Gaming

Sony just acquired the gaming industry’s biggest audio toolset

Wwise's logo, now slapped onto a Sony backdrop. What's to come of this new audio-toolset arrangement?
Enlarge / Wwise’s logo, now slapped onto a Sony backdrop. What’s to come of this new audio-toolset arrangement?
Aurich / Sony / Audiokinetic

Sony Interactive Entertainment announced its latest studio acquisition on Tuesday, but the company it is set to acquire, Audiokinetic, is a different kind of “development” studio. Instead of making games, Audiokinetic makes Wwise, arguably the gaming industry’s most popular multi-platform audio middleware toolset.

Anybody who has played a video game in the past five years has a hint of how big of an acquisition this is, as those gamers have likely seen the “Wwise” logo in at least one game’s opening or closing credits. That logo indicates that Audiokinetic’s proprietary tools have been used to help developers more easily arrange sound effects, dialogue, and music in their games.

The acquisition will allow Audiokinetic to continue operating as an independent developer and licensor of tools like Wwise, the Montreal studio says, while letting Sony “tap into Audiokinetic’s vast audio engineering expertise.”

Estimating exactly how many games and game studios employ the Wwise toolset to deliver in-game audio is tough, if only because Audiokinetic has never put out a definitive list. And if it did, the list might never end. Audiokinetic’s official site mentions its relationship with studios like Konami, Ubisoft, Capcom, Bandai Namco, Insomniac, 2K Games, CD Projekt Red, and Codemasters, while a cursory glance at Wikipedia’s massive list suggests that all three major console publishers have used Wwise in their first-party fare. And again, it doesn’t sound like those agreements with outside studios will change, at least based on the announcement’s language.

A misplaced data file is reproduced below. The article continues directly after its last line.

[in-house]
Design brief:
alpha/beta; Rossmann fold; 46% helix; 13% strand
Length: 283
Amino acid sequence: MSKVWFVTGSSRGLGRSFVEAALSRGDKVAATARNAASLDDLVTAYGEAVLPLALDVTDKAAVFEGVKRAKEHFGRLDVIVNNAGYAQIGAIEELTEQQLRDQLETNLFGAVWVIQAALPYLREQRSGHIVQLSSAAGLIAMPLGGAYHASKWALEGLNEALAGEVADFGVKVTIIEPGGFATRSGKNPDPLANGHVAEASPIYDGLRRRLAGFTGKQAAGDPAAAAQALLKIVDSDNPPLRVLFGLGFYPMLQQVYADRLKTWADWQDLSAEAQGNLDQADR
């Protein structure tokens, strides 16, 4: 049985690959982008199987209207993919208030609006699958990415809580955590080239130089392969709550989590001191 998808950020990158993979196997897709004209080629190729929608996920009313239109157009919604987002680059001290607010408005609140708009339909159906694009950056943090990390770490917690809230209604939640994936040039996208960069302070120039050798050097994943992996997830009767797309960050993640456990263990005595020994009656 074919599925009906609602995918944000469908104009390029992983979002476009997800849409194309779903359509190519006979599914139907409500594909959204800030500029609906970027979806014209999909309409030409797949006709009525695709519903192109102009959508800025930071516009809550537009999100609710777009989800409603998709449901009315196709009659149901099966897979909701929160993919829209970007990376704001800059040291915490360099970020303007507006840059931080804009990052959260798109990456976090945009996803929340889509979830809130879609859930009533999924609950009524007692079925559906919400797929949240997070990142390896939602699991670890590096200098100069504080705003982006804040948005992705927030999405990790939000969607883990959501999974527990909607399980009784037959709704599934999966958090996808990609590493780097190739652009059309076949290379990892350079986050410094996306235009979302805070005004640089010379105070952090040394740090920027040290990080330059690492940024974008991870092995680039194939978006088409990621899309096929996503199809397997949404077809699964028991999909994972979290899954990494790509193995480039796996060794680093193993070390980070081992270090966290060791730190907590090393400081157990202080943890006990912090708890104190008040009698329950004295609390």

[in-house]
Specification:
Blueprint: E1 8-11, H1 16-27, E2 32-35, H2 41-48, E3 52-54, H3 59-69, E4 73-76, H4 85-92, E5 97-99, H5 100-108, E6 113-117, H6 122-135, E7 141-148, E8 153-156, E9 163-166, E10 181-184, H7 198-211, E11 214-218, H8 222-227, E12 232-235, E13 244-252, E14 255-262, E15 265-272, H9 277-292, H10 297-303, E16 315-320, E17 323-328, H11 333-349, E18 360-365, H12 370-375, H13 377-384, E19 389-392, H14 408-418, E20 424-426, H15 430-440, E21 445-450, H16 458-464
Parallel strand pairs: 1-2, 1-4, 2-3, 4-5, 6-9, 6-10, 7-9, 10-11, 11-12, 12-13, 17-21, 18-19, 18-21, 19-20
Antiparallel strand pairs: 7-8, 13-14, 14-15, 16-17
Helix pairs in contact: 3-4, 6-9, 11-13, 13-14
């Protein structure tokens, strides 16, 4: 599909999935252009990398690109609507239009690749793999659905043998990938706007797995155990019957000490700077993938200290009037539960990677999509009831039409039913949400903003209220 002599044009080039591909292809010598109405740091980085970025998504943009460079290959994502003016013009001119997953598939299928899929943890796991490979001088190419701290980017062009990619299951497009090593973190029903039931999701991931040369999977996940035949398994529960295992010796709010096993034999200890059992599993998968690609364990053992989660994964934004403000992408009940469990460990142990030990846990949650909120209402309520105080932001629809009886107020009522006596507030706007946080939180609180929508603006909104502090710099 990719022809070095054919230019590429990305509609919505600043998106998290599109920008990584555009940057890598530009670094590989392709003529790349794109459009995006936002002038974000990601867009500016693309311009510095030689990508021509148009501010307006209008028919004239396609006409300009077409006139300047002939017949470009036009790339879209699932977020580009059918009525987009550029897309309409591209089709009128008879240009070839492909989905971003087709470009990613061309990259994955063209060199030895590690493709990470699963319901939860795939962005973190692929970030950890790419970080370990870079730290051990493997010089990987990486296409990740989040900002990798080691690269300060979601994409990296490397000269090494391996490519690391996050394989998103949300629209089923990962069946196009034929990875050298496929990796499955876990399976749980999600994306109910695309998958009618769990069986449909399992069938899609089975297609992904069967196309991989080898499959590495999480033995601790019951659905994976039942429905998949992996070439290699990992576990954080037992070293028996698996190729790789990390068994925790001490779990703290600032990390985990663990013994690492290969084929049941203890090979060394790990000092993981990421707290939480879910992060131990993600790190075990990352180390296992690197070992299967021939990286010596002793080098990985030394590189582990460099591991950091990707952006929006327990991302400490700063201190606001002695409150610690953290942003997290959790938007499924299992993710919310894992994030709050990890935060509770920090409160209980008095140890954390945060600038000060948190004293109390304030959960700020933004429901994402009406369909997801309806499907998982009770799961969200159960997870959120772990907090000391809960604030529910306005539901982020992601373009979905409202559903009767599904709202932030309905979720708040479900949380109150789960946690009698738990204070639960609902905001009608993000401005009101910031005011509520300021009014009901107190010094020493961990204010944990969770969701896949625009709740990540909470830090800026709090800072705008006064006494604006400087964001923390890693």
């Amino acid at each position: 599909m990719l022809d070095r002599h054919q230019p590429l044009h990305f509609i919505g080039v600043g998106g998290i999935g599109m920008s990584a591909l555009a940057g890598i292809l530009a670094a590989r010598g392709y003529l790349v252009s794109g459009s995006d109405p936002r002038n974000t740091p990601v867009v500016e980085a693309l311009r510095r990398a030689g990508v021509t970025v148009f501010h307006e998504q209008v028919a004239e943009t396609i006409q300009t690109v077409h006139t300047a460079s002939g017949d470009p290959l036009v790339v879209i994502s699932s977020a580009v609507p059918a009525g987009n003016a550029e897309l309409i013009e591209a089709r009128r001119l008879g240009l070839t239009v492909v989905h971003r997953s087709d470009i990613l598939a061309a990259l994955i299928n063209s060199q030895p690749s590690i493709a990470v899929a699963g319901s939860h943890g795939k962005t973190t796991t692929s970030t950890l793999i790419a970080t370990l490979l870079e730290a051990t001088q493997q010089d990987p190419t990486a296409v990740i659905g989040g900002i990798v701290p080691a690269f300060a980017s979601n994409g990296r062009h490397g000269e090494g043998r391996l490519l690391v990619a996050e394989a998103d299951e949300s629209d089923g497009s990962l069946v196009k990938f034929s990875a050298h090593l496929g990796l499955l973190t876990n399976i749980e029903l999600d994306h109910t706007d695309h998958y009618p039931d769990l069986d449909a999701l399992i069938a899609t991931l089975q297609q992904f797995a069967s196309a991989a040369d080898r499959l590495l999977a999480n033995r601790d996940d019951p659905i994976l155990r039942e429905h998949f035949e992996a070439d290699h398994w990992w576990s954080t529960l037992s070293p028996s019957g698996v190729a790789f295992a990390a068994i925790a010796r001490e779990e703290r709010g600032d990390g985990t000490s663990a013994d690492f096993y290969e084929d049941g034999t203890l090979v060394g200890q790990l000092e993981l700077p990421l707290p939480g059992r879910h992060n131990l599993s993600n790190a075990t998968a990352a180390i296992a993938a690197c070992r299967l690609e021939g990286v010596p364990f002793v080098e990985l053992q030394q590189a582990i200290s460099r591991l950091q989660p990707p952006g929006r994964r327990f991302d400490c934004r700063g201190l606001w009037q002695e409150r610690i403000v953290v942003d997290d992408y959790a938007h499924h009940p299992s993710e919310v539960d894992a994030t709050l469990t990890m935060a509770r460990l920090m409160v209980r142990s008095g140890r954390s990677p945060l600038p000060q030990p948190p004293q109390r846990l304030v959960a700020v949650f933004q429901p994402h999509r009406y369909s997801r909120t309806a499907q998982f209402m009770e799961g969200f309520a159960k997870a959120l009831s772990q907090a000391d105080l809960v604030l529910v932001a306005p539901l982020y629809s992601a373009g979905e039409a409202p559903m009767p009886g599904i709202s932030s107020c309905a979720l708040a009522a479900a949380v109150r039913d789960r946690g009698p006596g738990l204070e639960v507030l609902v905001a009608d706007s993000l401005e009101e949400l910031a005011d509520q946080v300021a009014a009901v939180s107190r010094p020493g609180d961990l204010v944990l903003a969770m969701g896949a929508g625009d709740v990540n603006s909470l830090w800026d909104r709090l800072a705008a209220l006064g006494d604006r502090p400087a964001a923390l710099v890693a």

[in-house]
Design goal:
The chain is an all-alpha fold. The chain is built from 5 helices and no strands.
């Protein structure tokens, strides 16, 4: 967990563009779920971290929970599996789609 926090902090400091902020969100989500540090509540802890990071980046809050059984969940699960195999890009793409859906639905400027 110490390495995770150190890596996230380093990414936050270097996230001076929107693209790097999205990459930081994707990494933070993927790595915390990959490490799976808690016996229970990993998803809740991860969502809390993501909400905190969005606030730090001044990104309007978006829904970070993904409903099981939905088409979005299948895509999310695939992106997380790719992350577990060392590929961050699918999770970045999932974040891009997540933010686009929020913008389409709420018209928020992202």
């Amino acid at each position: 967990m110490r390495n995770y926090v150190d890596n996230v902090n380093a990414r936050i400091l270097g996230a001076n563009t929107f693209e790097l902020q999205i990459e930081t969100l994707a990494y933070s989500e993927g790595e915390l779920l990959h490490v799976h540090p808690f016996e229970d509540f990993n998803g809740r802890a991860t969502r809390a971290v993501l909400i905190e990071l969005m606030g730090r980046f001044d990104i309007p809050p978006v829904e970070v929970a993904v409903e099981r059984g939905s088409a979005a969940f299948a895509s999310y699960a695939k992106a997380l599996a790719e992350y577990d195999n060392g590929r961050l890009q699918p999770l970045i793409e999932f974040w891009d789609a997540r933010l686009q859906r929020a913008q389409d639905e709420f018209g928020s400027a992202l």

Audiokinetic only goes so far as to say that “over 500 games per year” use the company’s audio tools, and the toolset’s compatibility with every modern gaming engine lines up with the studio’s promise that these games appear on every platform imaginable, from PC to console to smartphone. Since its tools appeared in the company’s “500th” game in 2013, it’s our estimation that the toolset has cleared the 1,000-game mark, if not thousands.

“This acquisition will allow us to further grow the PlayStation platform and contribute to the broader gaming industry,” SIE President and CEO John Kodera said in Audiokinetic’s press release. “It’s our goal to support Audiokinetic’s efforts to advance its audio technology while maintaining independence and platform neutrality.”

That’s all well and good, but what is Sony’s angle in acquiring a sound-tool studio that will continue to provide tools to outside studios (and possibly its console-producing competitors Microsoft and Nintendo)? The answer may be the sheer financial boon of selling these tools to every studio known to man. Or it could come in the form of developing new proprietary audio technologies for future Sony products. Ars Technica’s inside-source birdies frequently mention audio-systems development as a priority at various hardware companies, particularly those with designs on next-generation virtual reality systems. And those suspicions only grew at this year’s Oculus Connect, where that company’s engineering leaders (Michael Abrash, John Carmack) spoke openly about efforts such as positional audio research.

Audiokinetic has not been a slouch on spatial and 3D audio technologies, particularly thanks to tools that account for video games’ 3D architecture and materials to have sounds adjust on the fly. Whether Sony has greater plans for these kinds of tools remains to be seen.

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Gaming & Culture – Ars Technica